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The Facebook IPO today has temporarily knocked Europe from the headlines as the world's eyes are focused on the Nasdaq at 1430 GMT/ 0930 ET when Facebook will start trading for the first time. CNBC anchors have been wearing honorary hoodies to mark the occasion so it must be big. I still find it hard to reconcile how FB is worth $140 billion when the site is used by both advertisers and cyber bullies, but perhaps I'm missing the point. The point today is that it is the third largest IPO in the US ever, Zuckerberg will be a gaszillionaire and U2's Bono is likely to earn $1.5bn from his initial $90 million investment. Facebook might not change the trading world, but it could change the Forbes rich list quite dramatically.

Could Facebook save Europe?

On a serious note, I will be looking at the NY markets tonight to see where FB closes. It will list at $38 per share, and whispers suggest it could go as high as $50 first thing. I am particularly interested in FB because I believe that its IPO hype is helping to fuel some of the recovery we have seen in the markets this morning. EURUSD is back above 1.27 and European stocks have clawed back all their losses form earlier when it looked like we were headed for a down day. Interestingly, even after 16 Spanish banks were downgraded by Moody's, the Bloomberg European banking sector led the recovery after a sharp move lower initially. Since the focus has shifted in the last couple of days from the Greek election re-run to the state of Europe's banking sector and the prospect of contagion spreading from Athens to Madrid, this index is one of the first things I look at when I come in as it has been a fairly good indicator of market sentiment in recent days.


The bears take a breather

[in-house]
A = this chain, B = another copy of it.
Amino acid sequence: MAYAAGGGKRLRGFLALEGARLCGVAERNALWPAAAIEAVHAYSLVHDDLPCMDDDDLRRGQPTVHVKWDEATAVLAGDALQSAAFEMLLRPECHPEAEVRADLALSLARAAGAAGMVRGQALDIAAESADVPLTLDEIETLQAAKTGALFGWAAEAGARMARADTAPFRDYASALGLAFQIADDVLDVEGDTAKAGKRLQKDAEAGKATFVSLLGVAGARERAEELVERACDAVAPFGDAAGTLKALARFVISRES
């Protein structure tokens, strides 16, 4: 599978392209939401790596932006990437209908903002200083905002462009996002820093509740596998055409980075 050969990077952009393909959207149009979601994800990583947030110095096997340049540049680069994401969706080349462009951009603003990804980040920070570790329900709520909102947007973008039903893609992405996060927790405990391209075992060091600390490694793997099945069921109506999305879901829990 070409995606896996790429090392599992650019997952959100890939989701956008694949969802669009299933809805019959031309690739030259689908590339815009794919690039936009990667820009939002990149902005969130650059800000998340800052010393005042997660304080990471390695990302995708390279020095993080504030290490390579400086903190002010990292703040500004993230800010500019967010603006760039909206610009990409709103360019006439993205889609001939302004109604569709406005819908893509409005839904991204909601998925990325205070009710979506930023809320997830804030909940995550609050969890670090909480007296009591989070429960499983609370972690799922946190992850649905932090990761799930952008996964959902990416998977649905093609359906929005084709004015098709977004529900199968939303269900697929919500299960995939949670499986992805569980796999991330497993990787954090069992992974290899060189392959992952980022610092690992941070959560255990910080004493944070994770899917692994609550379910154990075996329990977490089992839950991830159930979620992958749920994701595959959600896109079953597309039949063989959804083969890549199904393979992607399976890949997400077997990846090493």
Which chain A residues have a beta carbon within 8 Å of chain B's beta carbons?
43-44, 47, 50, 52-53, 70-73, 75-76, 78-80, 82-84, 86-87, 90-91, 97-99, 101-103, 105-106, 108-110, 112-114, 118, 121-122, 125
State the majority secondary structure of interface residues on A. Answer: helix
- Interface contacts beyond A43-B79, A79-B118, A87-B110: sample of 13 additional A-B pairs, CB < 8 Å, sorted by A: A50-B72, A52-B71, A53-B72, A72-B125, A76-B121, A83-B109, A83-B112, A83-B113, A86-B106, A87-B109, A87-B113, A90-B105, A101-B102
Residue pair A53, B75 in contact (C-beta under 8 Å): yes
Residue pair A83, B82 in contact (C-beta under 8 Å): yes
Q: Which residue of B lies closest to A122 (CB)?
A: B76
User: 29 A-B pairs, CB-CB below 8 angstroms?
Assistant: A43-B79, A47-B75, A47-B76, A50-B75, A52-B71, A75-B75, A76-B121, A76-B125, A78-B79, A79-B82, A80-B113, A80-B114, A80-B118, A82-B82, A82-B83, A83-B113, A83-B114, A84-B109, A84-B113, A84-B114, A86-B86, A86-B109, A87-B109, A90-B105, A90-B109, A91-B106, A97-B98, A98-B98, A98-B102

The recovery that we have seen today is a pullback in our view, as we still expect the euro to grind lower and risk assets to remain vulnerable. However, the markets were starting to look particularly oversold on a short-term basis. The commodity currencies/ yen crosses were the first to recover this morning along with NZDUSD and AUDUSD, which is back above the 0.9850 after falling below 0.9800 yesterday. The commodity bloc had fallen too far too fast so a pullback is completely natural at this time.

Likewise, in EURUSD the daily RSI has turned higher, this suggests that the pullback could stretch into next week. Not only are euro short positions as measured by the CFTC close to their highest levels ever, but the fundamental picture is showing tentative signs of shifting. When the market is positioned so heavily one way it can be a signal that the tide is about to change. Likewise, if we get some soothing words from Merkel, Obama and co. at this weekend's G8 summit then we could get a mini relief-rally at the start of next week.

Market moves

The markets always move faster than politicians, so the weakness we have seen in risk assets since the Greek election result priced in the prospect of a Greek election re-run and the potential for further political uncertainty in Athens. Thus, any signs that Germany might be softening her stance towards austerity could be enough to spark a relief rally in the short term. However, we don't believe the outcome of the Greek elections is priced in, and since the Greeks have a blackout on pre-election polls in the two weeks leading up to voting day, we expect more volatility in the coming weeks.

So what impact could a relief rally have on the major asset markets in the coming days? In EURUSD, above 1.2750 we could see a recovery back towards 1.2865 - the 200-hour moving average. The Aussie dollar is looking particularly oversold, and may trace back to 0.9912 to start with (daily pivot) and then potentially to 0.9990. But for any relief rally to have legs we would need to see the Spanish Ibex stock market recover from decade lows. We don't think that a sustained rally in this index is likely, which may spark the bears to re-enter short positions at a better level. As we have said, even in the steepest bear markets there are poll-back and consolidation periods so the current market action doesn't mean, yet, that things have fundamentally changed in the currency bloc.

I'm still keeping an eye on EURCHF. It remains stuck in a mini range as investors' edge closer to the SNB's 1.20 floor. Testing the Bank's resolve is not for the faint hearted, as the SNB has pledged its credibility on maintaining the floor and it still believes the Swissie is overvalued. Thus, a move below 1.2005 could trigger SNB buying. The first resistance level of note is 1.2020.

Best Regards,

Kathleen Brooks| Research Director UK EMEA |

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